Using this logic, if this press release was viewed 447 times, I should have received 447 likewise views from the iFrame.

I received 17.

I would understand if there was a 15% difference, but 447 versus 17, definitely makes me wonder where they are getting their numbers from. Honestly I'm surprised I even got 17 (please refer to photo above of 89302804 links for effect)

What to Think

Okay, let's start with the obvious: There are a lot of factors at play when it comes to the success of a press release or story. The title has to be catchy, the content has to be good, and more importantly the subject has to be newsworthy.

And it's completely arguable that my press release and Tail Report simply were not any of those things. Even if this is the case, with what I've seen, I'm willing to argue that paying to submit a press release online today is simply a waste of money.

Paying to be heard died back with Web 1.0
Let's consider my $80 'Standard Visibility' package. I chose the low-end package. What would happen if I chose a the top package and landed on the PRweb homepage? How much does that cost?

As you complete the submission process you are constantly prodded to upgrade your release. Each upgrade gets you closer to the top of the release pile. To get on the top of the PRweb homepage, I believe the top upgrade was $800.

This is where I have to stop and say I sincerely doubt the ROI of $800 on a press release in today's world.

For $800, I am almost certain you could find a blogger with at least a few thousand subscribers who would be more than happy to write about your site. In fact, with services like PayPerPost you can find bloggers who will do it for $5.

In fact, I would bet (though I definitely don't support this), that for $800 you could pay a whole group of people to pimp your post on Digg, which would likely bring 50,000 visitors and a whole score of blog coverage. I'll tell you what, you give me $800, and I'll fly to San Fransisco and personally hand your press release to Kevin Rose.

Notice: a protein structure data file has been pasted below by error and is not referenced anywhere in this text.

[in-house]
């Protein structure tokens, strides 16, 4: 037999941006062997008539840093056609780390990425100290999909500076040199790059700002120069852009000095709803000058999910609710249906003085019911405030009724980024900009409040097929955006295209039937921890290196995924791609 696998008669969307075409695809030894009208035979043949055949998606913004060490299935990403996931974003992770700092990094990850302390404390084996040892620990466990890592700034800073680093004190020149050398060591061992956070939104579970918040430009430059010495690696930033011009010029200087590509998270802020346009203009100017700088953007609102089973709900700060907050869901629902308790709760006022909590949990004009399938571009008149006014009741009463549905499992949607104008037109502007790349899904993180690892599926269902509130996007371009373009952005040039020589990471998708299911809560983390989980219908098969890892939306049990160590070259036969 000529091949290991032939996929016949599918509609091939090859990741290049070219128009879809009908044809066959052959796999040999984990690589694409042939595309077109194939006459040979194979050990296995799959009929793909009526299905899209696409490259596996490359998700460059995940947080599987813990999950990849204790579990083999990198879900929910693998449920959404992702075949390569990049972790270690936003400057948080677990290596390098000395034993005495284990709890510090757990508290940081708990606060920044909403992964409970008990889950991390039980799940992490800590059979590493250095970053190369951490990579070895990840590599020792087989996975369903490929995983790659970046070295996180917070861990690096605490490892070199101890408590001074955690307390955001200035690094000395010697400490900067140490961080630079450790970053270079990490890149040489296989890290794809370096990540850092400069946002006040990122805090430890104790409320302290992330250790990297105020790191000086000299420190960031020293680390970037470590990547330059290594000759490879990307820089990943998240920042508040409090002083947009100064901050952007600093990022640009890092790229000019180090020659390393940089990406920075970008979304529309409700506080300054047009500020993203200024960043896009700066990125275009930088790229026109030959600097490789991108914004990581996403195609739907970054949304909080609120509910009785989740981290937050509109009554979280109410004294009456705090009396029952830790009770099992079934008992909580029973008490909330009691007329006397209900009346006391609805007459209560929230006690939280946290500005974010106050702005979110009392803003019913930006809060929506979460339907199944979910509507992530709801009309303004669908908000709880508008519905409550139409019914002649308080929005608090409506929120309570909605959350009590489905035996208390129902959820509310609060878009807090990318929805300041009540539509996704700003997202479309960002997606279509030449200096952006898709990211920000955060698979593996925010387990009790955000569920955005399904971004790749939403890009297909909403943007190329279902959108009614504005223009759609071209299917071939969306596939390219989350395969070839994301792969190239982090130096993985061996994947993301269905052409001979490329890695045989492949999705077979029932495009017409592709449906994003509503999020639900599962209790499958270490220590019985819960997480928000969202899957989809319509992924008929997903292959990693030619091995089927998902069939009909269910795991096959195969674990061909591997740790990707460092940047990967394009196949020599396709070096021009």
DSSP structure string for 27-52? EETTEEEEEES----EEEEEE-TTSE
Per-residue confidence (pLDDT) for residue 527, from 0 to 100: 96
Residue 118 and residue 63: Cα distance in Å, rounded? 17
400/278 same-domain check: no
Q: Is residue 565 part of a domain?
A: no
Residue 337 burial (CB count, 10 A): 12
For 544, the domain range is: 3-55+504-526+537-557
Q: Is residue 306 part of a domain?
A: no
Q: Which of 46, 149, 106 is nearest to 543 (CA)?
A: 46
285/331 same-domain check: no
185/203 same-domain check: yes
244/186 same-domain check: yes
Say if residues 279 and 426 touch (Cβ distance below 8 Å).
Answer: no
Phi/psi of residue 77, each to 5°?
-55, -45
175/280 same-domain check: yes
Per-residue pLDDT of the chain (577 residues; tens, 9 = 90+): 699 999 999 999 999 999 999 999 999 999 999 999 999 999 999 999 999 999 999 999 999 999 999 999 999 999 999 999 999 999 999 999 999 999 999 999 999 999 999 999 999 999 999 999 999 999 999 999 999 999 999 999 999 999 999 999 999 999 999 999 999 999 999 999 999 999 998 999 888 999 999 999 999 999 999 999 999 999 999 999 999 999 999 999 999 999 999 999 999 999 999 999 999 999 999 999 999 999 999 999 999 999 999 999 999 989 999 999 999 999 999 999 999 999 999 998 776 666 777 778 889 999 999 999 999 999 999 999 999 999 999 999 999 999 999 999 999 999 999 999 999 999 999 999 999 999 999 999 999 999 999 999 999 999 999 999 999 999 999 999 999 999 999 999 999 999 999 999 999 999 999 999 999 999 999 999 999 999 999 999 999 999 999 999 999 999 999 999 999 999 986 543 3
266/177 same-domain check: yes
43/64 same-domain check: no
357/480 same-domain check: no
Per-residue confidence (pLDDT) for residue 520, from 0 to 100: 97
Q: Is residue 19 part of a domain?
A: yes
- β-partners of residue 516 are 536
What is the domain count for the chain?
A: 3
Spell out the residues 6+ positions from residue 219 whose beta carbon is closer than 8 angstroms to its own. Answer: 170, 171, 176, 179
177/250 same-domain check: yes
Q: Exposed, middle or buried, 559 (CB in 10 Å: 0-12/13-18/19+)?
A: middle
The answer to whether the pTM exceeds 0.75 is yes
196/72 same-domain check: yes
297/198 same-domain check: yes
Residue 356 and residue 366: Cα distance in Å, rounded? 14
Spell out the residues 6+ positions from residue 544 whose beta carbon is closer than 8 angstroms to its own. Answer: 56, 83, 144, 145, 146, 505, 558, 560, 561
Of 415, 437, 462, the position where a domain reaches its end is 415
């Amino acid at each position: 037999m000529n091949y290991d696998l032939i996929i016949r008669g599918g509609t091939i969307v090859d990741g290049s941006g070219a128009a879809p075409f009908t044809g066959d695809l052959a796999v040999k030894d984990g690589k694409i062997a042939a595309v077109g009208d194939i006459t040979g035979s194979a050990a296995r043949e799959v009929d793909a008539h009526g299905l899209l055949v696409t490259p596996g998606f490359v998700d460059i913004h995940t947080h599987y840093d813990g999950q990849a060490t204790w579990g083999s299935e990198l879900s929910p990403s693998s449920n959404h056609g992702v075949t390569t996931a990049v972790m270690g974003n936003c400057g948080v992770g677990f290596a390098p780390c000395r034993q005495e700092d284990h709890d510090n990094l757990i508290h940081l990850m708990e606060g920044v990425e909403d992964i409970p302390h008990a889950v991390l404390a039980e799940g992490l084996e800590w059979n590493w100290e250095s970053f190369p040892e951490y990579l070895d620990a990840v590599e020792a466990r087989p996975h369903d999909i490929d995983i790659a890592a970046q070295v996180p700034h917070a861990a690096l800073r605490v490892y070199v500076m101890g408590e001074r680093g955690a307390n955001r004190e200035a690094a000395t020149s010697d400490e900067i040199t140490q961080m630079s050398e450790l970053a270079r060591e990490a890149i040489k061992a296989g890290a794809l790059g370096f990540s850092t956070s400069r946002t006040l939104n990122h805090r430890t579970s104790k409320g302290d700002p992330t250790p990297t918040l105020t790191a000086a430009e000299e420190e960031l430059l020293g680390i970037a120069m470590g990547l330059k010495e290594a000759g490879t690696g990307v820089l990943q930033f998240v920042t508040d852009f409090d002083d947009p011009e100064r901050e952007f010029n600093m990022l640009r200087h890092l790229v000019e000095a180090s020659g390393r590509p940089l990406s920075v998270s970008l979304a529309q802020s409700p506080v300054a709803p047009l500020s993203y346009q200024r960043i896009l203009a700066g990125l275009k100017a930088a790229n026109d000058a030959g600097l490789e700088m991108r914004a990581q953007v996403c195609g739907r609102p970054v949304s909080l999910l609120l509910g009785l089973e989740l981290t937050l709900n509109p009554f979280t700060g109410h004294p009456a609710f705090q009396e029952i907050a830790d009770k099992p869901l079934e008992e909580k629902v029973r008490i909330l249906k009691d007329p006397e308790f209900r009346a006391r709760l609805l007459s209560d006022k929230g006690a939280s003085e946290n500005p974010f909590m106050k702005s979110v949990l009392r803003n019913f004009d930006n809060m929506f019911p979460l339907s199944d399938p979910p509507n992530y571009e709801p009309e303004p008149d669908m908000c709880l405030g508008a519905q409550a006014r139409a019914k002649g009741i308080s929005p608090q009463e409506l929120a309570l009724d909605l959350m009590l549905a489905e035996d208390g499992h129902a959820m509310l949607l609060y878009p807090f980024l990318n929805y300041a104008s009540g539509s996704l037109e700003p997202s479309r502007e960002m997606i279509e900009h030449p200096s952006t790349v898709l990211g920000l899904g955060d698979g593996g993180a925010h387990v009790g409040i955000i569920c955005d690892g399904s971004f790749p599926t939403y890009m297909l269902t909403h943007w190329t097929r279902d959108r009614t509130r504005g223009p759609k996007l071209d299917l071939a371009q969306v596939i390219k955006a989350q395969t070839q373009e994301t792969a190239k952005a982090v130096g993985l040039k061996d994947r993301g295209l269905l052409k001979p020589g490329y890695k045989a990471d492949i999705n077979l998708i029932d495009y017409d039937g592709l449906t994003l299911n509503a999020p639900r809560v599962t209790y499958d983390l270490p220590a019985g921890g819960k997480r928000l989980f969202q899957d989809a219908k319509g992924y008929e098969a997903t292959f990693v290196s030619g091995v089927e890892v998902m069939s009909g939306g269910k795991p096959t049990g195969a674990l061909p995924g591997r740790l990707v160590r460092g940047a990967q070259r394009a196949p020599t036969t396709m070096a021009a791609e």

So What Are We to Do?

Go look at that list of page numbers above one more time. Then go look at the upcoming sections of social news site's like Digg and Mixx.

There is significantly less competition on Digg and Mixx than there is on PRweb. And you don't have to pay anything to submit there.

Have you ever tried submitting your site to StumbleUpon? I've found that you can get at least 200-300 visitors in one day simply by stumbling your own site. And again, it's free.

More importantly, who do you know? In preparing this post I spoke to a friend who had great success with a press release last winter. However, he said that the greatest result came from personally emailing the release to local and industry reports that he knew. It was those people who eventually covered him.

You will have far more success with a press release by leveraging your connections than launching it blindly into the masses.

The Final Outcome

The point I'm making here is simple: Paying to be heard died back with Web 1.0.

This is an era where it takes very little effort to be seen. You can send influential bloggers like Michael Arrington or Robert Scoble a message on Twitter and they'll see it. But if what you have to say is not interesting, they'll pass right on by.

Don't spend your money on trying to be seen, that's the easy part.  Instead, be creative and be interesting. If you are, people will find you. Focusing on your content and spending your money on things that make your product or site better will ultimately lead to more results than paying $80 to put your product in a pile.